The XRD patterns of synthesized silver nanoparticles using KFL extract are shown in Figures 2(a), 2(b), and 2(c). The diffraction peaks appear at 2θ = 32.16°, 38.02°, and 46.17° which correspond to (101), (111), (200), and (220) planes of face centered cubic (fcc) for room temperature condition. In higher temperature, the peaks at 2θ = 38°, 44.13°, 64.46°, and 77.36° corresponding to the diffraction from (111), (200), (220), and (311) planes of silver lattice (JCPDS card number 04-0783) were shown in Figure 2(b), whereas only three peaks appearing at 32.12°, 38.20°, and 46.21° are observed which may be indexed to (101), (111), and (200) based on the face centered cubic structure of silver, respectively.
Figure 3 represents the XRD patterns of nanosilver synthesized from KFS extract. The XRD peaks of Bragg’s reflections with 2θ values of 32.23°, 38.05°, and 46.23° (Figure 3(a)) for room temperature, in higher temperature the 2θ = 32.20°, 38.07° (Figure 3(b)) whereas for sonication the two peaks at 32.18° and 38.14° (Figure 3(c)) are observed which may be indexed to (101), (111), and (200) set of lattice planes of silver nanoparticles, respectively.
The particle size of the nanosilver synthesized by KFL and KFS extracts that is determined by Debye-Scherrer’s equation is given in Table 1.
The average particle sizes of the nanosilver are 52.59 nm and 31.32 nm, 30.42 nm and 24.43 nm, and 22.62 nm and 31.10 nm for room temperature, higher temperature, and sonication using KFL and KFS extracts, respectively. The SEM images of the nanosilver synthesized using KFL and KFS extract are shown in Figure 4. The particle size of nanosilver is 80 nm in sonication, whereas in room temperature the size is 140 nm which was observed in KFL extract.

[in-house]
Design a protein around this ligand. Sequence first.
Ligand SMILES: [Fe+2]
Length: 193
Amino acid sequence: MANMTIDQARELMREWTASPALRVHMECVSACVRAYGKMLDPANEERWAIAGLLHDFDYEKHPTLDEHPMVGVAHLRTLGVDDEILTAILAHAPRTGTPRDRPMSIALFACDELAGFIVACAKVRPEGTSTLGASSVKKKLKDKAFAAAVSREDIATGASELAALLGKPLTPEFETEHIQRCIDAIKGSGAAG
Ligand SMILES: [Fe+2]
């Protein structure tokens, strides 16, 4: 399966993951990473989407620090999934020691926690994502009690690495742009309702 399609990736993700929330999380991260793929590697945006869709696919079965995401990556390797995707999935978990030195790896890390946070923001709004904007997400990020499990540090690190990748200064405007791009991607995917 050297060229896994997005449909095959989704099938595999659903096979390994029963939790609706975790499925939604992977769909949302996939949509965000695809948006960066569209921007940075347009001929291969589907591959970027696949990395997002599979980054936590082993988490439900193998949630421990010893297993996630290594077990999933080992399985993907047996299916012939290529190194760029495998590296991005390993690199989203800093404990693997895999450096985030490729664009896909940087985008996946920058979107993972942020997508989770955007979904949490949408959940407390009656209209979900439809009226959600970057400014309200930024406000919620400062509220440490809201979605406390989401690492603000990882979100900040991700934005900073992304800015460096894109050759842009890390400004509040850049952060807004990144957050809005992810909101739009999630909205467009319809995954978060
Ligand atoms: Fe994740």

The size of the synthesized nanoparticles using KFS extract is 90 nm at room temperature but in sonication the particle size is 70 nm.
Table 2 represents the FTIR spectra peak values of the AgNPs synthesized from leaf extract (KFL) and stem extract (KFS) of Kedrostis foetidissima. The absence of peaks in the FTIR spectra of synthesized nanosilver compared to the spectrum of the plant extract confirms that the functional groups present in the aqueous extract might have been responsible for the mechanism of nanosilver formation.
A simple environmentally benign method of synthesis of silver nanoparticles was achieved using a common plant source. Three different methods of synthesis of nanosilver were adopted. The sonication method of synthesis of nanosilver results in faster reduction compared to other methods. The UV-visible spectroscopy confirms the formation of silver nanoparticles. The XRD, Scherrer’s formula, and SEM analysis reveal that the size of the nanosilver was found to be less than 100 nm and to exhibit polydispersity. FTIR spectra support that the phytoconstituents in the plant extracts were responsible for the rapid reduction and formation of stable silver nanoparticles.
Conflict of Interests
The authors declare that there is no conflict of interests regarding the publication of this paper.
The authors are grateful to the Avinashilingam Institute for Home Science and Higher Education for Women University, Coimbatore for providing research facilities, the Department of Physics, Avinashilingam University for Women, Coimbatore, for recording XRD spectra, and Periyar Maniammai University, Tanjore, for recording SEM spectra reported in this paper.